Kristen Kroiter was sixteen, a high-school sophomore, when she was injured in a car accident. Dr. Ted Cogan had saved her life when he treated her in the ER six months ago. But now police detectives were questioning Cogan about her, in intimate detail. What was going on? What had she told them?
That's just it, the cops said. She hadn't told them anything. She had died. Looked like a suicide. And Cogan was in a heap of trouble.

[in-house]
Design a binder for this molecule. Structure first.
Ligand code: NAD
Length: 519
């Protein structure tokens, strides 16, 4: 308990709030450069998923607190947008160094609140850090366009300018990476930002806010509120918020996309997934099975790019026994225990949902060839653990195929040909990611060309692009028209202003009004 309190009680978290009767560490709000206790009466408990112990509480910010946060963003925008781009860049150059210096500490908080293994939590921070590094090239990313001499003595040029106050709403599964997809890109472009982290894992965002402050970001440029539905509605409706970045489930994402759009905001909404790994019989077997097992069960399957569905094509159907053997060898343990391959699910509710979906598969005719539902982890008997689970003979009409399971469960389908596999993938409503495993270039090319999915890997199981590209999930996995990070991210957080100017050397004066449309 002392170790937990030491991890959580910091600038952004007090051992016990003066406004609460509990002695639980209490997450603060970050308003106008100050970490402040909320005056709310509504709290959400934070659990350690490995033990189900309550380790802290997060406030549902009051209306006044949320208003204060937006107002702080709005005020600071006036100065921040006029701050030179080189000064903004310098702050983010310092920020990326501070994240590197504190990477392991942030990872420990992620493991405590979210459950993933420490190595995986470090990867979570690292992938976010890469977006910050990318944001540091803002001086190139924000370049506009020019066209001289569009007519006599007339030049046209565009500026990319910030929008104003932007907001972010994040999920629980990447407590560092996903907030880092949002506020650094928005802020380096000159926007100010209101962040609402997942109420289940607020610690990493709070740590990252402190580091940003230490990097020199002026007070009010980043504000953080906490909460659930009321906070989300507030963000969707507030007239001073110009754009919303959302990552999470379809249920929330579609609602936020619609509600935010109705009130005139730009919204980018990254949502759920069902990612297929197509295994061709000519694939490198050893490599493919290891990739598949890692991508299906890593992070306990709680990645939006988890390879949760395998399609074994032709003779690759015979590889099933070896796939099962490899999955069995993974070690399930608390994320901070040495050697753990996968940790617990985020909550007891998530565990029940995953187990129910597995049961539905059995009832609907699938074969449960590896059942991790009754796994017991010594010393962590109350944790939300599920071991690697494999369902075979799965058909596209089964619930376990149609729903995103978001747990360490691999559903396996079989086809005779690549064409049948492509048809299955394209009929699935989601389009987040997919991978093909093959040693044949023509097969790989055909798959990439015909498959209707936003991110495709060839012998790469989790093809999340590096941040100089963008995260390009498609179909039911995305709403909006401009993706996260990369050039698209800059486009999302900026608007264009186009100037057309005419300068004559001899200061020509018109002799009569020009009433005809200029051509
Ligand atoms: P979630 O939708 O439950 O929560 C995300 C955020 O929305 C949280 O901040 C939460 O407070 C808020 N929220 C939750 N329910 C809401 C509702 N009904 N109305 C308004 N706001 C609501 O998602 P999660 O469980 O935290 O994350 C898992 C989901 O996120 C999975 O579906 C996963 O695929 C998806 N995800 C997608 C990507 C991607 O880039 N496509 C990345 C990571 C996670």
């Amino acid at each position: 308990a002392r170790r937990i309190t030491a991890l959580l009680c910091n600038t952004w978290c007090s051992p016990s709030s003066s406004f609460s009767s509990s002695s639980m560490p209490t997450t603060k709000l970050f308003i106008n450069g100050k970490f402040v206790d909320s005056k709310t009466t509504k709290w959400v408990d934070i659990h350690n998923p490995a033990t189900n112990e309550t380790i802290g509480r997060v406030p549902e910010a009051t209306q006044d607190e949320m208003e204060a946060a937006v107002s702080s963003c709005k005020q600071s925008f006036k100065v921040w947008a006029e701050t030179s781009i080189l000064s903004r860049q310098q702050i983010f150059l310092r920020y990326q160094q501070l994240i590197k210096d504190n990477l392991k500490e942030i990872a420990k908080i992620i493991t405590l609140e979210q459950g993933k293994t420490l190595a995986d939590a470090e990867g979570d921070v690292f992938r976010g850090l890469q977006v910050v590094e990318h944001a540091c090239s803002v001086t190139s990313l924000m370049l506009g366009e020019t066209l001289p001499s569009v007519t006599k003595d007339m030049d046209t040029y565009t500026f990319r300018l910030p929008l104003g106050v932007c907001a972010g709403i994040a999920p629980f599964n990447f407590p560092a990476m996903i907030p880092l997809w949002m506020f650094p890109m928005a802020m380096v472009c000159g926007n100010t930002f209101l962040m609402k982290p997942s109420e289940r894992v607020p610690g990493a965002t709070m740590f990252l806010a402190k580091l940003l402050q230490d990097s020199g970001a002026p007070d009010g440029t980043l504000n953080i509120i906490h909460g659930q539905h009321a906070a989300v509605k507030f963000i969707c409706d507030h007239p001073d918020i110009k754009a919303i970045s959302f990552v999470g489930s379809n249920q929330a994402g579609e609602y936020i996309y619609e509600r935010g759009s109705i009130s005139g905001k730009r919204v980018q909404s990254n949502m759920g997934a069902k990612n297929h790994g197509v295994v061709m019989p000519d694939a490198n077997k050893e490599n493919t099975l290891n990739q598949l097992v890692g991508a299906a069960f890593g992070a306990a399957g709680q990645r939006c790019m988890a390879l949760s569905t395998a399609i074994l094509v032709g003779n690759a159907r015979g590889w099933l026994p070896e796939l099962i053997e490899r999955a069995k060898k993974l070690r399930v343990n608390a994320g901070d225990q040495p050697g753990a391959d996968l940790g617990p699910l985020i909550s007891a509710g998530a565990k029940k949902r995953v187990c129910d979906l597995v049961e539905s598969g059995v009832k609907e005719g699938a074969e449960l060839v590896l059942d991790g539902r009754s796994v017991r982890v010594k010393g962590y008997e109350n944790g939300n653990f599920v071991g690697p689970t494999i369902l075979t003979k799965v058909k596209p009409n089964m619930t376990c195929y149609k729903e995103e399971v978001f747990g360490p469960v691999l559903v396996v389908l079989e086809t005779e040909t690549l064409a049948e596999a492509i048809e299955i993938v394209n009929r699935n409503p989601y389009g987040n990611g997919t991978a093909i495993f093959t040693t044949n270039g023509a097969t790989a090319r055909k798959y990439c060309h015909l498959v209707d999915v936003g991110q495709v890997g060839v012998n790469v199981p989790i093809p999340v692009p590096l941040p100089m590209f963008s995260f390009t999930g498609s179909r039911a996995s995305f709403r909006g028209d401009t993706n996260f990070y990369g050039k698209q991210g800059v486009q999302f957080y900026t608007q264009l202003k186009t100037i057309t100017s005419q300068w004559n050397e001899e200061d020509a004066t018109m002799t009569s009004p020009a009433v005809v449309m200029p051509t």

Tense and twisting, Knife Music is the story of a doctor struggling to clear his name after being accused of raping and causing the suicide of a young girl. The novel pits Cogan, a forty-three-year-old surgeon and self-described womanizer, against Hank Madden, a handicapped veteran detective. From the outset it's not clear who is victim and who is victimizer, as the usually dispassionate Madden grapples with his long-suppressed prejudices and his obsession with bringing Ted Cogan to justice at any cost. It all leads up to the most stunning surprise ending since Scott Turow's Presumed Innocent.